POLITICS

Immigrants released from detention get free phones as alternative to ankle monitors

IDOMENI, GREECE - AUGUST 21: Immigrants use their mobile phones on August 21, 2015 in Idomeni, Greece. Macedonian special police forces have blocked a main illegal crossing point on the border between Greece and Macedonia in the town of Idomeni. A state of emergency has been declared as several thousand illegal immigrants have been blocked in a no-man's land between the two countries without water and basic living necessities. (Photo by Milos Bicanski/Getty Images)

IDOMENI, GREECE - AUGUST 21: Immigrants use their mobile phones on August 21, 2015 in Idomeni, Greece. Macedonian special police forces have blocked a main illegal crossing point on the border between Greece and Macedonia in the town of Idomeni. A state of emergency has been declared as several thousand illegal immigrants have been blocked in a no-man's land between the two countries without water and basic living necessities. (Photo by Milos Bicanski/Getty Images)  (2015 Getty Images)

A contractor who runs private detention centers for the federal government is providing free cell phones to some immigrant families upon their release from Texas detention centers so that they can reach people working on their case as well as relatives they plan to reunite with in the United States.

Immigration officials say the phones, provided by GEO Care, also make it easier for them to ensure that the immigrants show up to court for a resolution to their cases, according to the Los Angeles Times.  They said the recipients selected are considered unlikely flight risks and not a danger to society, adding the phones are a more welcome alternative for immigrants than ankle monitors.

But some are critical of the $11-million contract, which so far has issued 25 smartphones Galaxy 4.

Some advocates for immigrants are skeptical, wondering if immigration officials will use the phone to monitor movements and listen to conversations.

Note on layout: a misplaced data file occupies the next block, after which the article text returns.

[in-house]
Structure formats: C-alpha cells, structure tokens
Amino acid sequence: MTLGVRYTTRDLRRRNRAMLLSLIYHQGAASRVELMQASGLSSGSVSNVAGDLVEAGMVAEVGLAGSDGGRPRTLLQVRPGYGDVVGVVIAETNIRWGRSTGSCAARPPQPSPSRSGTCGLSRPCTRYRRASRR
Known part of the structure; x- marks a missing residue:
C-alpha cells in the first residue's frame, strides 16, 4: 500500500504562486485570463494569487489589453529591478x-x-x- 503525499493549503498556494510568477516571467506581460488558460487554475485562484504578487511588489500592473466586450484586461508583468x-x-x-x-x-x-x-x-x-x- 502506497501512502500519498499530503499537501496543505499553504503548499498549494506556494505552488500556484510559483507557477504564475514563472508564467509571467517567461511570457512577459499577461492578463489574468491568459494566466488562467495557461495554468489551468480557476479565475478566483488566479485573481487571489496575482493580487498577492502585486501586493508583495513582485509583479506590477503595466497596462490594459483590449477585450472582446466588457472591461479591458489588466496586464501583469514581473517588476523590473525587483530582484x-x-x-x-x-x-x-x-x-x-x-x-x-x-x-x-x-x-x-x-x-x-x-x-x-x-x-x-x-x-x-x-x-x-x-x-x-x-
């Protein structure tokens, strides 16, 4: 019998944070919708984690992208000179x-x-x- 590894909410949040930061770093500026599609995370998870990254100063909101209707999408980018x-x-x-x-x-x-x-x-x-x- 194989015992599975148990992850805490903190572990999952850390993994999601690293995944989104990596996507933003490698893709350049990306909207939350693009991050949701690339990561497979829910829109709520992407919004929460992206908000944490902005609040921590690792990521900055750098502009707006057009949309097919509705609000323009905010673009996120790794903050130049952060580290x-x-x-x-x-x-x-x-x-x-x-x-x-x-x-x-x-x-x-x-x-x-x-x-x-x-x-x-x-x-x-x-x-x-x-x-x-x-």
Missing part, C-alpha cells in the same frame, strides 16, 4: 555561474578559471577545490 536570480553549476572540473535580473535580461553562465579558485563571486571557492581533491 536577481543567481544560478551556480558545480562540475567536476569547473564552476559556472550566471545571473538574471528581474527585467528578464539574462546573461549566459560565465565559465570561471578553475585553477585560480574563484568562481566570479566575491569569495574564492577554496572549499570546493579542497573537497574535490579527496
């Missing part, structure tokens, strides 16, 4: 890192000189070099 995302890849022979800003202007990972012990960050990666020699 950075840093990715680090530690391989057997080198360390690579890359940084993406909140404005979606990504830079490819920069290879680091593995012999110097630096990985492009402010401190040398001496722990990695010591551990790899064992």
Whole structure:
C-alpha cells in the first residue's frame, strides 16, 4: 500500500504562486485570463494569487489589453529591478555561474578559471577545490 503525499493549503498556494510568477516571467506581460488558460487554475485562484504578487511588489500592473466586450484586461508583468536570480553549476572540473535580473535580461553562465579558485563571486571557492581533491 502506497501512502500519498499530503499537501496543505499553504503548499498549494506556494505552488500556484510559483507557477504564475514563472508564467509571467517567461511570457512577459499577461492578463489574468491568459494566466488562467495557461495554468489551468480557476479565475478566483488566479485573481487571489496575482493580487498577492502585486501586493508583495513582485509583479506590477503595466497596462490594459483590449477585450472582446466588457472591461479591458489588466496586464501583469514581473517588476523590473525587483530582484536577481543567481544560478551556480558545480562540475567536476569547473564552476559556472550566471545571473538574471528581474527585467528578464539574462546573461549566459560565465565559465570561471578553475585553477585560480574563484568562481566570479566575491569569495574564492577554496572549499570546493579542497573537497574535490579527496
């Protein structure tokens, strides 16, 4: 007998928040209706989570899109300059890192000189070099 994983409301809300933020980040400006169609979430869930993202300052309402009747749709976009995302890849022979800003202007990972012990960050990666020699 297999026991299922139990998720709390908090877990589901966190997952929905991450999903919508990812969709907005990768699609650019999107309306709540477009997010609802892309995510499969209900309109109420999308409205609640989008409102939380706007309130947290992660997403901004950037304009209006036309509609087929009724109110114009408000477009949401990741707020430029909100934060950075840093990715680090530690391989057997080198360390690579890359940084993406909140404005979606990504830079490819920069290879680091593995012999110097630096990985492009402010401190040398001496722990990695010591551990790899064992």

"It is concerning whether the women are being tracked through their phones and whether their communications with counsel are confidential," said Jonathan Ryan, executive director of Raices, a San Antonio-based immigrant legal advocacy group, according to the Times.

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Officials deny the phones will be used in such a way.

Others are critical for a different reason, saying it rewards immigrants coming into the country illegally with a free cell phone – while most people have to cough up over $100 for mobile plans.

Mark Krikorian, executive director of the conservative Center for Immigration Studies, said the move could feed rumors south of the border that not only are immigrants not being deported but  “they are getting a phone for free.”

Immigration advocacy groups, however, said they would have preferred having some control over the phones. But immigration officials were quoted by the Times as saying that GEO Care had presented a proposal for the program that "was the most comprehensive and cost-effective."

The immigrants are part of hundreds of families that have arrived along the border in recent months and taken to two Texas detention centers. Nearly 25,000 people, mainly in family units, have been caught at the southern border from October through January, according to the Times.

Most come from Central America, where violence has soared.

Some immigrants say they are glad to have the phones.

Yaneth Guevara Leyva, an asylum seeker, said to the Times that she is happy to have gotten a Galaxy 4 smartphone that also gives her access to Internet service.

She was placed in the release program along with her two young children.

"They told me I was selected because I have small children and for my case, because I was a victim of domestic violence," Guevara said. "I was surprised because I thought I would get ankle monitors."

She immediately put the phone to use after being released from the detention center on Jan. 31, when she took a bus to Los Angeles with her children.

Guevara said she does not worry about having her phone conversations monitored because she doubts it would happen.

"They tell us not to be afraid; they say they're here to help us. I feel good about it," she said.
Ryan agreed that many immigrants are happy to get the phones.

"One of the first things they always wanted to get was cell phones before undertaking the long journey," Ryan said to the Times, adding that people who buy phones often cannot afford the bills that follow.

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